I might be on a strict diet at the moment, but my brother turned up the other day to let us try some of his homemade raw chocolate. N was straight in and loved it, I held off a couple of days. It was worth ignoring the diet a couple of time to taste it. The raw chocolate didn’t taste bitter, it was really smooth and creamy despite the fact it’s got no cream in it. So I asked him to share his tried and tested raw chocolate recipe on here for others to try it.
A friend discovered she had a bunch of food intolerances including dairy and raw sugar, so set about making significant alterations to her diet which were understandably difficult. One of her biggest issues was missing chocolate.
I decided to make some chocolate for her as it was just one of those things that I knew would bring a smile to her face and make all the other things she was missing out on, less harsh. (softy, my brother!)
Quick research told me it was easy but it took me a few goes to get to the correct ratios and method to ensure it works properly each time. I’ve shared some tips and what to avoid so you don’t waste the precious (and costly) ingredients.
Chocolate is basically a substance derived from the cacao bean. By products include cacao mass, cacao butter and cacao powder..
We are interested in the purest and most raw form to make the best chocolate and beautifully, the most healthy. That’s right, without all the processed gunk, chocolate is actually full of nutritional benefits.
You want raw organic cacao butter and raw organic cacao powder. They are the only two ingredients but you can add certain things to sweeten depending on your tastes. You don’t want roasted ingredients or alkalised bean products.
Health stores can be good places to get this but online is your best bet. A kilo of butter can be had for around £13 delivered and powder a little bit less. You can definitely make 2kgs for less than £25.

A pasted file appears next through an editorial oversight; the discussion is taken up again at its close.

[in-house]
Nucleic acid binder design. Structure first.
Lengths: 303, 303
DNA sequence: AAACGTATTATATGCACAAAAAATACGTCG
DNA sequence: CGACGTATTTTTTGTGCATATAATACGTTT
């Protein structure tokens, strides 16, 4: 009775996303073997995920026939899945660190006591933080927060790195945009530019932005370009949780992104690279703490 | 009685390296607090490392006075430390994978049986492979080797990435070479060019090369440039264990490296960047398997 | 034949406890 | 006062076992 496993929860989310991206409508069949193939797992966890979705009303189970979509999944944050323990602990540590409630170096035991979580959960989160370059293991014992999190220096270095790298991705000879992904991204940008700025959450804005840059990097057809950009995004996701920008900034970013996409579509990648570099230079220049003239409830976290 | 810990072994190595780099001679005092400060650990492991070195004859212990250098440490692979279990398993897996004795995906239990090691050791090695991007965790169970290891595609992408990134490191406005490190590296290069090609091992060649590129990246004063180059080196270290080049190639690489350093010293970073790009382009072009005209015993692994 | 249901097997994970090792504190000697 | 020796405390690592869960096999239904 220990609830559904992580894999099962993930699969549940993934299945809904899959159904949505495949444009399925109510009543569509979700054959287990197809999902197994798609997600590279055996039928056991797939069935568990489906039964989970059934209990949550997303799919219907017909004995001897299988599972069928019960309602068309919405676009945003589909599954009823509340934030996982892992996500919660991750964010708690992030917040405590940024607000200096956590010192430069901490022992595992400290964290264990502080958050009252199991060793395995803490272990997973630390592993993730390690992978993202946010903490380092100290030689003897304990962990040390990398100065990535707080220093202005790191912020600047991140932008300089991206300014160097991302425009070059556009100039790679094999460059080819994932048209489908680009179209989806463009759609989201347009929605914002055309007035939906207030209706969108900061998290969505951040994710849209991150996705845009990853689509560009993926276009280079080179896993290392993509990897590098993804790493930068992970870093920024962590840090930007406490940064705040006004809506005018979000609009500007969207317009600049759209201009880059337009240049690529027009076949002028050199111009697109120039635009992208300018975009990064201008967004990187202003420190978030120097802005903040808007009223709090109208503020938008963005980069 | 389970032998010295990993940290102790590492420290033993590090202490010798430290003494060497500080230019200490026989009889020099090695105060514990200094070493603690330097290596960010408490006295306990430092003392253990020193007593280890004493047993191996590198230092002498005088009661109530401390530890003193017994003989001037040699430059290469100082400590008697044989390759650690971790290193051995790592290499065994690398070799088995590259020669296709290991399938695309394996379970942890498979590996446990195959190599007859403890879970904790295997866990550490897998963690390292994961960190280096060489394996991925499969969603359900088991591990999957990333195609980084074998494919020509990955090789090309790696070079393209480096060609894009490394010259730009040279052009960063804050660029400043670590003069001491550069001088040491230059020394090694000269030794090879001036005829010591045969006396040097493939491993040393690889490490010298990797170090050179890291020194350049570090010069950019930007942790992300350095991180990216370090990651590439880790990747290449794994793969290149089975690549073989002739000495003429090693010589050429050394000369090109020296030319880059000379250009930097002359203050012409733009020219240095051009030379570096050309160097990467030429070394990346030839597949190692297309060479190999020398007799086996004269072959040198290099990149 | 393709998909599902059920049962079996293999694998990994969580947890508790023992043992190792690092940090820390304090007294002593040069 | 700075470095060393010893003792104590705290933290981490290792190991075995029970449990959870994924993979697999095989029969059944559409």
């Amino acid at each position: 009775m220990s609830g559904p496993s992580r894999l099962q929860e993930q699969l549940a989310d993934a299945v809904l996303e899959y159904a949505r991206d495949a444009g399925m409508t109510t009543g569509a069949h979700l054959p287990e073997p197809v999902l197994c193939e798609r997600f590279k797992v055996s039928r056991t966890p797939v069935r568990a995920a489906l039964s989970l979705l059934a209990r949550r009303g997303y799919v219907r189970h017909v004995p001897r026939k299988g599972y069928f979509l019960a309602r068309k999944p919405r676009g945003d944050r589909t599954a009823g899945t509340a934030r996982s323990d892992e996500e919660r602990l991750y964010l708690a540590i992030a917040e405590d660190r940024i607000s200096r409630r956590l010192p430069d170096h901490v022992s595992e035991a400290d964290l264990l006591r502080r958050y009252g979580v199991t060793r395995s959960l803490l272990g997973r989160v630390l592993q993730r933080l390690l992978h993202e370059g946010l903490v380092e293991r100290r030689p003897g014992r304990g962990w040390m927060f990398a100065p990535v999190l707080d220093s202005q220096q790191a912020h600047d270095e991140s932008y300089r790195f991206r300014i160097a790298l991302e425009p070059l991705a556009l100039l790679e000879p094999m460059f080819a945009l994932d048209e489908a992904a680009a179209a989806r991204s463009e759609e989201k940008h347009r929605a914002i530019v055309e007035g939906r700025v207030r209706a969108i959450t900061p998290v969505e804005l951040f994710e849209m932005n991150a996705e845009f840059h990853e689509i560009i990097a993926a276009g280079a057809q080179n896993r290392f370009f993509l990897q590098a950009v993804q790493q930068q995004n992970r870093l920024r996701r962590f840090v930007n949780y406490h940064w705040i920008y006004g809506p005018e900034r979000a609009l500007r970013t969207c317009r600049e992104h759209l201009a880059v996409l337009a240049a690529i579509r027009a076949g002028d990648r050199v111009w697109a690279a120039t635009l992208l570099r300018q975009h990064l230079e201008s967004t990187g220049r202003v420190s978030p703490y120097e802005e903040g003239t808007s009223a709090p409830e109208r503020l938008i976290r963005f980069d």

I tend to make rough slabs of the stuff poured on to baking trays or into ice cube trays. Crushed hazelnuts sprinkled liberally on top of the molten chocolate are good, as can be dessicated coconut. Obviously on its own is fine too.
I’ll talk about sweetening first You can use sugar but it kind of defeats the object of making pure chocolate and making something that is supposed to be healthy or at least healthier. Natural sugars are your best bet rather than processed cane sugar. So things like pure maple syrup, coconut sugar or honey are better bets if you don’t want absolutely pure 100% chocolate. Chocolate purity is measured in % so when you see 70% chocolate in the shop, the 70% refers to the percentage of the product that comes from cacao solids. Shop bought dark chocolate can be quite bitter but making it like this from raw products is not as bitter. It just tastes more pure.
I have settled mostly on using coconut sugar which has a lower GI value than standard sugar. The trouble with adding sugars is that you want it dissolved so the chocolate is not grainy. This is difficult by adding it itself. At the same time, you cannot add any excessive water to the mixture or it will seize. I make a syrup from coconut sugar and then add that in the middle of the recipe which the butter will just about accept without separating.
Raw chocolate recipe
You want twice as much butter as powder, so for this example, I used 150 grams of Cacao butter and 75 grams of Cacao powder. For the sweetener, I use one dessert spoon of coconut sugar for every 50 grams of butter I use.